ATTLEBORO — Director Megan Ruggiero and choreographer Carlos Gutierrez are bringing a lot of heat to Attleboro Community Theatre’s winter season with the current production of Kevin Broccoli’s quirky “American Strippers.”
Ruggiero, of Pawtucket, guides a strong cast of 16 through a fantasy plot punctuated by outrageous strip shows and more, all choreographed with gusto by Gutierrez, of Attleboro. You’ll want a front row seat to catch each nuance and memorable costume choice. Everybody is “all in” in every scene.
The setting is The Americana, a strip club in Texas that is staffed by characters of American legend who are given a miraculous chance to live on as club employees and entertainers. But is everybody happy? Not so much.
Kimberlyn Roche of Attleboro plays Paula, formerly the giant lumberjack, Paul Bunyan. She’s the club’s co-owner and a force to be reckoned with, demanding loyalty and imposing strict rules of engagement. Roche is dynamic and determined as she tries to manage a staff with big egos.
Aaron Preston of Attleboro plays her sidekick, Babe, formerly Babe the Blue Ox, also of Paul Bunyan lore. At the club, Babe is the DJ with a magnificent playlist, two spinning lights, and a furry blue hat with horns. Music choices for the production are right on target, if a little loud.
Along with being the choreographer, Gutierrez plays Tommy, the former Tom Sawyer, who is now the club’s pole dancer and the accomplished leader of the male strippers’ performances. He’s mesmerizing, larger than life and brings out the best in the boys (and girls) for sure. Kudos to the six men who tore up some really nice but flimsy clothing to put on the show.
As the play opens, an unusual bride and her bachelorette party arrive on the night before the wedding. Unusual? The four women are all Greek goddesses, playing hooky from Mount Olympus for a final fling.
Sarah Quintiliano of West Warwick is the bride, Aphrodite, the goddess of love. Her opening monologue is haunting as she wistfully expresses her resignation to a loveless marriage, imposed upon her to avoid another thousand unwed years.
Vivienne Carrette of Providence is Athena, goddess of Athens, both a warrior and the patron of craft and weaving. Carrette’s fiery monologue threatens a crafty, murderous plot to have Aphrodite to herself.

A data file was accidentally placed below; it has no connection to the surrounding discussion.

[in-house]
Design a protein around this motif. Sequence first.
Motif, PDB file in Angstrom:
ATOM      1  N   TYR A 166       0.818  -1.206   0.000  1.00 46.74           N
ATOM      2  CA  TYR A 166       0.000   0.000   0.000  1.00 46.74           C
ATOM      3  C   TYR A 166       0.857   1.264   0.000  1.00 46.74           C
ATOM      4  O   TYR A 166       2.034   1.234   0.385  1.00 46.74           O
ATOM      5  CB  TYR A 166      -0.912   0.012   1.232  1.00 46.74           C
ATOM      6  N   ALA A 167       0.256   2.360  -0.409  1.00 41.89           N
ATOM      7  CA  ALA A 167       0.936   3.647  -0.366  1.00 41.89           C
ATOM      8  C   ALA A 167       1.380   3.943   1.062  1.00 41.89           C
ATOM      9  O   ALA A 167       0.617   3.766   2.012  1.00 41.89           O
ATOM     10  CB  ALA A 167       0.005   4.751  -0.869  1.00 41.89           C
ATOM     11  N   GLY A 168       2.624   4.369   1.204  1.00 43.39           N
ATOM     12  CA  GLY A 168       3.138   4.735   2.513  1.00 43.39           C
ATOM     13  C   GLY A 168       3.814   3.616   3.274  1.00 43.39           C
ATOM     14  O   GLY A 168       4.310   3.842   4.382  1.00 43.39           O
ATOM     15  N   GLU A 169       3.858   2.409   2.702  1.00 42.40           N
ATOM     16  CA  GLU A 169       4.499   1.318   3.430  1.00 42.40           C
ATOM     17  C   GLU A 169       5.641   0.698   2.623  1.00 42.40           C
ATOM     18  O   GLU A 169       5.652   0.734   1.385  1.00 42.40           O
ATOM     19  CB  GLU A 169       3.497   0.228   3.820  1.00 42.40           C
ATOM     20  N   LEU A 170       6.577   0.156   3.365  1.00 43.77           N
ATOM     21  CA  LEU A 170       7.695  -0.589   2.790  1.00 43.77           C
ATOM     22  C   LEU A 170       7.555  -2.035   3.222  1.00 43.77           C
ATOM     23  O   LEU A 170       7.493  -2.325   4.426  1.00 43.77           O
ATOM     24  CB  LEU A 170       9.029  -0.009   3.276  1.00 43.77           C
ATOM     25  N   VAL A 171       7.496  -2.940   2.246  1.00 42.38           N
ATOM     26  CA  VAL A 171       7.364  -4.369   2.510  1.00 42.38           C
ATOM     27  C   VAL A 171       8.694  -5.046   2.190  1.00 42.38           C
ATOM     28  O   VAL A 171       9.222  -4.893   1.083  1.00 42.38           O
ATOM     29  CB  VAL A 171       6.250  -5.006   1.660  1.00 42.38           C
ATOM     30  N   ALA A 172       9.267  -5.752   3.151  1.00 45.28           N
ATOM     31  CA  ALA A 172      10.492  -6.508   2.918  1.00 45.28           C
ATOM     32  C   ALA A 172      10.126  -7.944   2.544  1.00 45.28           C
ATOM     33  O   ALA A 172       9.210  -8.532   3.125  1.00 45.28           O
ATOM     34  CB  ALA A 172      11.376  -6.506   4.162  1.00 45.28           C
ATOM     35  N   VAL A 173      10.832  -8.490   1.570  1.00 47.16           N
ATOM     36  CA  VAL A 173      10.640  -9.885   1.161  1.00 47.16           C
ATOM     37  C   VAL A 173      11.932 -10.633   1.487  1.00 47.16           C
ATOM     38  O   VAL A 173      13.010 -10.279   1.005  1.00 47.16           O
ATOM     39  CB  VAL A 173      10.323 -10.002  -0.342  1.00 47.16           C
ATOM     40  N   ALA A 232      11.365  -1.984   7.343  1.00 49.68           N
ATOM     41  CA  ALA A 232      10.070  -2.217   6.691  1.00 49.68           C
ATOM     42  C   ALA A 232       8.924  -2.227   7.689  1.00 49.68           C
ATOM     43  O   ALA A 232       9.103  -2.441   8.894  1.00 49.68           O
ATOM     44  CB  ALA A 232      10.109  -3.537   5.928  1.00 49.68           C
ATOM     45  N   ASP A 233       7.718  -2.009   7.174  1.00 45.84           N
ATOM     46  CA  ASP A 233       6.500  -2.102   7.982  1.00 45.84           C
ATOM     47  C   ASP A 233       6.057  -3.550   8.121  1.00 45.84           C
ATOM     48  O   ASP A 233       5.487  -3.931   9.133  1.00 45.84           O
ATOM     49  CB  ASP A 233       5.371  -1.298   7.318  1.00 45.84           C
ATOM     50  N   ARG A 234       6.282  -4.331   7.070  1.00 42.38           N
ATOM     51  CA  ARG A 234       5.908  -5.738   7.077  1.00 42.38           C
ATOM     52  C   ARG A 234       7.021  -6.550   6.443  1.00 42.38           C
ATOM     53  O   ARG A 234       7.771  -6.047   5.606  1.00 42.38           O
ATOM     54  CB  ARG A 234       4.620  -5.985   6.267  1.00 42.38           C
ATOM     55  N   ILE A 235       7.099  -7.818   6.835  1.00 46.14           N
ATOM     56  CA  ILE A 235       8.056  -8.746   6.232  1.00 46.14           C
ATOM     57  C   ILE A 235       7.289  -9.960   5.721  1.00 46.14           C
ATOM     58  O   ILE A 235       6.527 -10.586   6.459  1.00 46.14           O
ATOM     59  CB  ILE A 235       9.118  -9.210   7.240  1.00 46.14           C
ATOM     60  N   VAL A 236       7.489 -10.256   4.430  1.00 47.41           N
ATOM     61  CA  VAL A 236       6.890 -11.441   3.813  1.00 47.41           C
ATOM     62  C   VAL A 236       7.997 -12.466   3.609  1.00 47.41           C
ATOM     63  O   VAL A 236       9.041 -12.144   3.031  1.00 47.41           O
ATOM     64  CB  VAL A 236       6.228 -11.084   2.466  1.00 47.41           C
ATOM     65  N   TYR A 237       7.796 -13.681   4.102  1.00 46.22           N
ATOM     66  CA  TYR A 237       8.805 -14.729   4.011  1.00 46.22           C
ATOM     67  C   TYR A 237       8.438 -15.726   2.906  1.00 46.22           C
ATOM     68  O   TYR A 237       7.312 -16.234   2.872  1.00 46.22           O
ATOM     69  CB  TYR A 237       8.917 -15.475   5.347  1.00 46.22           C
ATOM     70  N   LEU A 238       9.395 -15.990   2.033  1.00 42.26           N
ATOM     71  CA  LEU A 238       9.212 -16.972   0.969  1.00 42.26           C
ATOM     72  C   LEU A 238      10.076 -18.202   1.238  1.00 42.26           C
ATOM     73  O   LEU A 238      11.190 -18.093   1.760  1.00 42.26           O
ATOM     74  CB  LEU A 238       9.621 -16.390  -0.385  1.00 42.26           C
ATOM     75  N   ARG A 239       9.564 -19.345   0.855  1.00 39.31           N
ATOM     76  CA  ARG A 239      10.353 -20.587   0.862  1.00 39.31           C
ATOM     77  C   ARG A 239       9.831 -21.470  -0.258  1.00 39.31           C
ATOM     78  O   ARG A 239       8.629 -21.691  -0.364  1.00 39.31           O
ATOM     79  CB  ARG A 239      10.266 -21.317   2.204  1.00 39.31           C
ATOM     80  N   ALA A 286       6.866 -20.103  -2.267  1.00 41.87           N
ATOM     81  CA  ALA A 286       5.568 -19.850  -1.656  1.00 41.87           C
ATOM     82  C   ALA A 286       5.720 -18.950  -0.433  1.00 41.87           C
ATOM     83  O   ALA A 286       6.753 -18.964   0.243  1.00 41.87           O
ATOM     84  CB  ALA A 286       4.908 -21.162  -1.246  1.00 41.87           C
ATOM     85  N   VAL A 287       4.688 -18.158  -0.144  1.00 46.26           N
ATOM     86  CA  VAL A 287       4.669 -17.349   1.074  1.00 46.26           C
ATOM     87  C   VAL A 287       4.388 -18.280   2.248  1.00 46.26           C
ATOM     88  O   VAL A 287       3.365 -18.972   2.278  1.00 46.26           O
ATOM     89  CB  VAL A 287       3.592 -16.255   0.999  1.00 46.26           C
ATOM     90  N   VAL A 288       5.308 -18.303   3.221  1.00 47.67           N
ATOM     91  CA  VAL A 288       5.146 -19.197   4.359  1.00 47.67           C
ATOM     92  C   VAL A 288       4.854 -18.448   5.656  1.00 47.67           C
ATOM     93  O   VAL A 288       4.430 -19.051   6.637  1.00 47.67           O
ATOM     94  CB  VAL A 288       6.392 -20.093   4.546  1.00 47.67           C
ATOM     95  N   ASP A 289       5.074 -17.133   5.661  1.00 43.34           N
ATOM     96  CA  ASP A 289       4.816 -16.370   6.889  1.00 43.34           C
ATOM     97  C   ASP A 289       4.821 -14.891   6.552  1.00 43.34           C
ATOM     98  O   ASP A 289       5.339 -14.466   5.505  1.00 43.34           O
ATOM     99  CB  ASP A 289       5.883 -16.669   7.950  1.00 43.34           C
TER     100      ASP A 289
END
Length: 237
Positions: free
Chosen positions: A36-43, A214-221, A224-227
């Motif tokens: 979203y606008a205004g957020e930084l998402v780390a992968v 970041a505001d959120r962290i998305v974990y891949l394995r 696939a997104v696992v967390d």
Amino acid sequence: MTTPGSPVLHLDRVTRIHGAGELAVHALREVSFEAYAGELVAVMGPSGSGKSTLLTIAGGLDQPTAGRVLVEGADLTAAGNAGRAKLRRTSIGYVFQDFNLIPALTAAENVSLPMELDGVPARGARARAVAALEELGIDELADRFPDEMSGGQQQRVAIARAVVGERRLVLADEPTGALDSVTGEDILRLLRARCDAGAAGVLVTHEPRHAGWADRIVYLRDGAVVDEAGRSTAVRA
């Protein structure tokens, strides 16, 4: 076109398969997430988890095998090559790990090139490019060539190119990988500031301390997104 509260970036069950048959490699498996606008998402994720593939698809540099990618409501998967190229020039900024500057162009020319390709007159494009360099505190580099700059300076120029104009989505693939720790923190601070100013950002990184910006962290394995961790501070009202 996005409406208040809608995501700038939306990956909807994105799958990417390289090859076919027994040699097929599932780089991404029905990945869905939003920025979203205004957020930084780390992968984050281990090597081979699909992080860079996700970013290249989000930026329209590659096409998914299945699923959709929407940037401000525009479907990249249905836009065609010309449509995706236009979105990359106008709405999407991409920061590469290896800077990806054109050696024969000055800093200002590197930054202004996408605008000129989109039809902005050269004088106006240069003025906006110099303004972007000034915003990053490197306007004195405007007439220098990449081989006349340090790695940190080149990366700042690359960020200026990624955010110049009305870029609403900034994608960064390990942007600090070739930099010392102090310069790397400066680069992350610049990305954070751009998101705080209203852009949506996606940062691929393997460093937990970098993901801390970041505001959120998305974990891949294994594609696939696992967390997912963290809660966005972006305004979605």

She ensnares an unwitting accomplice to murder the groom and thereby sets up a hilarious dialogue in Act 2 between Courtney Stafford of Providence as Apollo, God of the Sun and the groom to be, and Jay Are Adams of Riverside, as Mr. Henry. Couldn’t be funnier.
Goddess of hunting, Artemis (Kimberly Paine of North Attleboro), and goddess of fertility and the harvest, Demeter (Caitlyn Lively of Attleboro), round out the party. Each brings her own agenda to the mix, with predictable problems and snafus.
Each character has a moment to shine with a monologue that outlines their place in myth or legend. Yes, some drag on, are too “talky” or just plain lame. Some actors talk too fast or simply fail to project. Others deliver interesting and memorable insight, though. Pay attention.
Outstanding monologues include striking truth-telling from Bob Lively of Attleboro as Casey from “Casey at the Bat” fame and the man vs. machine message of steel-driver John Henry by Jay Are Adams.
Club co-owner, the Greek god Dionysus, states that we are fascinated by our own limitations, yet we long to be set free. He’s played by Matthew Moos of Bourne as larger than life and irrepressibly jolly.
Hera, queen of the gods and champion of marriage and family, arrives at the end of Act 1 with a really deafening clap of thunder. The audience is reminded to “buckle your seat belts.” Elizabeth Parent of Albion is a knockout in a glittering gold dress.
In Act 2 she rants that we suffer from “the adversity of non-believers.” Her dance number with the strippers is not to be missed, set to “Take Me to Church” by Hozier. Riveting.
The play is a collection of monologues, scenes, and lively dance numbers that carry the offbeat but intriguing story from start to a satisfying finish. The script includes strong language and adult sexual situations.